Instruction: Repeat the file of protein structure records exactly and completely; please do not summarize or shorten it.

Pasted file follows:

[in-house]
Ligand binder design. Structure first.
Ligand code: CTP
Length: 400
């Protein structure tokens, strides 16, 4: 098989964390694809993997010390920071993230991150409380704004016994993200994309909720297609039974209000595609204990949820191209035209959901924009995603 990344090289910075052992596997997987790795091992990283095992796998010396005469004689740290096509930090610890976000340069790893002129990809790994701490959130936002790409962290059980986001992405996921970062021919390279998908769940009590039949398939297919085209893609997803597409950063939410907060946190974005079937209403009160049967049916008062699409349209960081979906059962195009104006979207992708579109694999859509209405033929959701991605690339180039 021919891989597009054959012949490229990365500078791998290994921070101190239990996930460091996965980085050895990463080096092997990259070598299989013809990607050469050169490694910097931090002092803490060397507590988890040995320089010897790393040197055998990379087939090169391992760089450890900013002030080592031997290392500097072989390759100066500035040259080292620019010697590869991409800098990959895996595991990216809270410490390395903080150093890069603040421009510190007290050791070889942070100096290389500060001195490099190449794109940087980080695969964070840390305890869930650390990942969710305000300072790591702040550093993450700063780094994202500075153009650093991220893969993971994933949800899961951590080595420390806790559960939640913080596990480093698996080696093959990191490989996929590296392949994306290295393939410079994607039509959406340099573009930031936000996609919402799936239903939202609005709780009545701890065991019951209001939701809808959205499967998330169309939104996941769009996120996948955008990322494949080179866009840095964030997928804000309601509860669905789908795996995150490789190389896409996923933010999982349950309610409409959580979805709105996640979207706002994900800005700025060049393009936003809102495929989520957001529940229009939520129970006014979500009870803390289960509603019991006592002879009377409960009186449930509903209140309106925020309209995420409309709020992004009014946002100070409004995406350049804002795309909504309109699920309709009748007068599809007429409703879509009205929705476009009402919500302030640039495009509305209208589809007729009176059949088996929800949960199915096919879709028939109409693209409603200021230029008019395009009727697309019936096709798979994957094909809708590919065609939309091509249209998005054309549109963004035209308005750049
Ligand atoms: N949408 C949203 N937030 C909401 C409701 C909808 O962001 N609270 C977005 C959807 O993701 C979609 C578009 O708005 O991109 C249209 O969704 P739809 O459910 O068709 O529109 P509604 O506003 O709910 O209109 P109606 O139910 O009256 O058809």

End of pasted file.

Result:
[in-house]
Ligand binder design. Structure first.
Ligand code: CTP
Length: 400
């Protein structure tokens, strides 16, 4: 098989964390694809993997010390920071993230991150409380704004016994993200994309909720297609039974209000595609204990949820191209035209959901924009995603 990344090289910075052992596997997987790795091992990283095992796998010396005469004689740290096509930090610890976000340069790893002129990809790994701490959130936002790409962290059980986001992405996921970062021919390279998908769940009590039949398939297919085209893609997803597409950063939410907060946190974005079937209403009160049967049916008062699409349209960081979906059962195009104006979207992708579109694999859509209405033929959701991605690339180039 021919891989597009054959012949490229990365500078791998290994921070101190239990996930460091996965980085050895990463080096092997990259070598299989013809990607050469050169490694910097931090002092803490060397507590988890040995320089010897790393040197055998990379087939090169391992760089450890900013002030080592031997290392500097072989390759100066500035040259080292620019010697590869991409800098990959895996595991990216809270410490390395903080150093890069603040421009510190007290050791070889942070100096290389500060001195490099190449794109940087980080695969964070840390305890869930650390990942969710305000300072790591702040550093993450700063780094994202500075153009650093991220893969993971994933949800899961951590080595420390806790559960939640913080596990480093698996080696093959990191490989996929590296392949994306290295393939410079994607039509959406340099573009930031936000996609919402799936239903939202609005709780009545701890065991019951209001939701809808959205499967998330169309939104996941769009996120996948955008990322494949080179866009840095964030997928804000309601509860669905789908795996995150490789190389896409996923933010999982349950309610409409959580979805709105996640979207706002994900800005700025060049393009936003809102495929989520957001529940229009939520129970006014979500009870803390289960509603019991006592002879009377409960009186449930509903209140309106925020309209995420409309709020992004009014946002100070409004995406350049804002795309909504309109699920309709009748007068599809007429409703879509009205929705476009009402919500302030640039495009509305209208589809007729009176059949088996929800949960199915096919879709028939109409693209409603200021230029008019395009009727697309019936096709798979994957094909809708590919065609939309091509249209998005054309549109963004035209308005750049
Ligand atoms: N949408 C949203 N937030 C909401 C409701 C909808 O962001 N609270 C977005 C959807 O993701 C979609 C578009 O708005 O991109 C249209 O969704 P739809 O459910 O068709 O529109 P509604 O506003 O709910 O209109 P109606 O139910 O009256 O058809």